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Watching and waiting

by Staff Writer / Montréal Canadiens

BROSSARD – It’s safe to say the Canadiens will be paying close attention to their flat screens on Wednesday night.

With the Tampa Bay Lightning and the Detroit Red Wings set to contest Game 7 of their Eastern Conference Quarterfinals series at Amalie Arena, Michel Therrien’s troops will finally learn who they will play in Round 2 of the playoffs.

“We’ll all be watching to see who we’re playing. It’ll be a pretty exciting time. I haven’t heard too many different preferences, so we’re just excited to see the result, I guess,” offered Max Pacioretty, who hit the ice alongside the rest of his teammates on Wednesday morning at the Bell Sports Complex on the South Shore. “Detroit’s got a ton of experience, obviously, with guys like Datsyuk, Zetterberg and Kronwall. A lot of those guys have had a lot of success in the playoffs. You don’t see them getting nervous too often. In a Game 7 situation, it’s very important to have that type of experience. But, Tampa’s dangerous. They’ve got so much skill, both on the back end and up front. I think their depth up front is what’s most impressive. They’re able to get offensive contributions from their whole lineup. That’s a dangerous recipe in the playoffs as well. Both opponents are pretty good teams.”

That’s for sure. While Jon Cooper’s contingent boasted the most potent offense in the NHL during the regular season, Mike Babcock’s squad is a perennial player performer. In other words, the Canadiens are in for a tough test regardless of which team comes out on top in the Sunshine State.

With that in mind, general Marc Bergevin addressed members of the media on Wednesday afternoon to offer up his thoughts on a number of subject areas, including his team’s postseason efforts through Round 1.

“What really stands out about the series we just wrapped up is that we just beat the hottest team in the League coming into the playoffs. Based on the six games we just played against them, they were a good team. We beat an excellent team, a team that was down 3-0 in the series, but didn’t give up,” mentioned Bergevin, whose club will open their Eastern Conference Semi-Finals series on Friday night at the Bell Centre. “We showed a lot of character. I’m sure that other teams didn’t want to go up against the Senators in the first round. For our part, different players stood up at different times to help us win games.”

That being said, Bergevin, like his players, insists there’s room for improvement across the board, particularly when it comes to lighting the lamp. The Canadiens scored just 12 goals in six games against the Senators, matching a team record for the lowest number of tallies in a playoff series spanning six games. They also went 1-for-20 with the man advantage, which simply isn’t good enough this time of year.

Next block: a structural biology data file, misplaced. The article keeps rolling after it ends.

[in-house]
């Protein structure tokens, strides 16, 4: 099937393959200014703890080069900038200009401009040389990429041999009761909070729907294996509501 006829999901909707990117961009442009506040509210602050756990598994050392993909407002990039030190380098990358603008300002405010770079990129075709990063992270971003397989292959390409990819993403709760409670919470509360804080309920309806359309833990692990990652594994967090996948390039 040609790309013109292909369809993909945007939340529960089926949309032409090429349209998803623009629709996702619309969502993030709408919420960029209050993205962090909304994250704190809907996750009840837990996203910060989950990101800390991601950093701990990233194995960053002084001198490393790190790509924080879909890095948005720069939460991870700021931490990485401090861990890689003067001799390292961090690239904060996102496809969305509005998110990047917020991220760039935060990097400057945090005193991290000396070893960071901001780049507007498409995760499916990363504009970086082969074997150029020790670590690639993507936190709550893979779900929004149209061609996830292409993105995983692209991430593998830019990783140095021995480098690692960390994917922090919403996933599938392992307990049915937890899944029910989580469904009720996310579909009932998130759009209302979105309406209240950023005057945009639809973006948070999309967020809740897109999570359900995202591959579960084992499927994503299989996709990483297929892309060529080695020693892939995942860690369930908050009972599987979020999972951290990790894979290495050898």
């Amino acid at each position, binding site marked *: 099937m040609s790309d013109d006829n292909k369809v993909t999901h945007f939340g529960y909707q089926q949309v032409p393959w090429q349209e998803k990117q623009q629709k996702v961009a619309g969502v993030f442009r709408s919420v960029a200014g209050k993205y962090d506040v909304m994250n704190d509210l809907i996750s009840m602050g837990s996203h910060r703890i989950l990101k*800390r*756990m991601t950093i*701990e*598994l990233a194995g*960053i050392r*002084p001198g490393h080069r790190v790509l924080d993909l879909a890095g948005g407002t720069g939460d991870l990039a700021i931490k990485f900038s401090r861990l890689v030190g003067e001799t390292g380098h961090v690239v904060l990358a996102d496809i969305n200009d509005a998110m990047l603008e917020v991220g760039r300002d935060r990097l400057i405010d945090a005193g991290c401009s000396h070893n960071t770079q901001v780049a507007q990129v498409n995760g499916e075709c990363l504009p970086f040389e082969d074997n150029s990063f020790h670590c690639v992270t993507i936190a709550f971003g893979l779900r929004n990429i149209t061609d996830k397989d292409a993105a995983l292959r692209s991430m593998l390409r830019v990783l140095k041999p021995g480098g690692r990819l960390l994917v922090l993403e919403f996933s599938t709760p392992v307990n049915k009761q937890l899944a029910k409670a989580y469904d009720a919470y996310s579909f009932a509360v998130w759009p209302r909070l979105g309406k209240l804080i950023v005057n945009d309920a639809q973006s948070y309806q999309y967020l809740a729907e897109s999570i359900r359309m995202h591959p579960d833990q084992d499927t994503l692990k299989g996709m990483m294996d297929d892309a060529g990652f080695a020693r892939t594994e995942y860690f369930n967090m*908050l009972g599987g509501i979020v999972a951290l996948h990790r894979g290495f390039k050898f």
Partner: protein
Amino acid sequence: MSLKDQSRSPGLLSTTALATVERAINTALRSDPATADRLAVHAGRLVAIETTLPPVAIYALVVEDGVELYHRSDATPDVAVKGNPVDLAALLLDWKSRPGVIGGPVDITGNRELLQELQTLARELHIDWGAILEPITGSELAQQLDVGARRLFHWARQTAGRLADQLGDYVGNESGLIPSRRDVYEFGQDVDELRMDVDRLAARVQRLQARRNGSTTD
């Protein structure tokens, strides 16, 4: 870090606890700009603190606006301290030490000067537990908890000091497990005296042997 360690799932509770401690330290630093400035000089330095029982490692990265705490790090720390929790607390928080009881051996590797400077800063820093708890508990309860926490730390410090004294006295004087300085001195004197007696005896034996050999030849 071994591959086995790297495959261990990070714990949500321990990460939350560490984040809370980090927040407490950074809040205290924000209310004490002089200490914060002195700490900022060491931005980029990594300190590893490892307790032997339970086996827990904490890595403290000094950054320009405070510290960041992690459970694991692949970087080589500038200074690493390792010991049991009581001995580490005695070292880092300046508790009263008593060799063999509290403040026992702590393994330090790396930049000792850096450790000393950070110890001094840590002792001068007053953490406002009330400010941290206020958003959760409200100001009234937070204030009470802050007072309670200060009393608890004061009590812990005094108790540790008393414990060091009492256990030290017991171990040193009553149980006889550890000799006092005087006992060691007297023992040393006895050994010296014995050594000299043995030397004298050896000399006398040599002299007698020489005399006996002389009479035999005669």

“Our special teams could be better. The coaches have been spending a lot of time on it with meetings and video,” confided Bergevin. “I don’t have a magic wand to tell me the reasons why things aren’t working. When you look at Tampa, they were the most offensive team in the regular season, but they’re having trouble scoring in the playoffs. Things are different in the playoffs. What we can do is continue working on things and trying things out. You have to adjust. It’s a part of our work.”

Despite their struggles on offense, however, Bergevin is by no means disappointed in how the Canadiens have gone about their business on defense. Aside from a lacklustre effort in that department in Game 5, the Habs didn’t give the Senators much to work with, either. Defense, Bergevin believes, is the true key to success come springtime. Having a world-class netminder between the pipes like Carey Price does wonders in high-stakes hockey, too.

“Are we lacking offense? I’m pretty firm on that subject. My philosophy is that you’re going to win and you’re going to go far in the playoffs with good defense. I’m not going to change my mind about something like that. On the other hand, we would definitely like to improve offensively, but not if our defensive system has to suffer. There’s proof out there that good defense is responsible for a team’s success, and in the playoffs it’s even more important.” stressed Bergevin. “We’re looking ahead to improve on offense, but in hockey nothing’s a given. Would I sacrifice a player like Carey Price for a 50-goal scorer? Never. That will never happen.”

With the start of Round 2 just a few days away, the focus now is on getting right back into the playoff groove. That shouldn’t be too hard given what both potential opponents bring to the table. Needless to say, the Canadiens realize a significant challenge is on the horizon.

“[The fatigue factor for Tampa Bay and Detroit] makes sense when you talk about it and when you look at the circumstances, but at the end of the day it’s the playoffs and you find whatever gas you have left in the tank to give it 100 percent,” concluded Pacioretty. “It’s easy to say that whatever team we play is going to be tired, but they’re going to come out Game 1, whoever it is, and they’re going to show their best. We’ve got to just worry about our own game.”

Matt Cudzinowski is a writer for canadiens.com.

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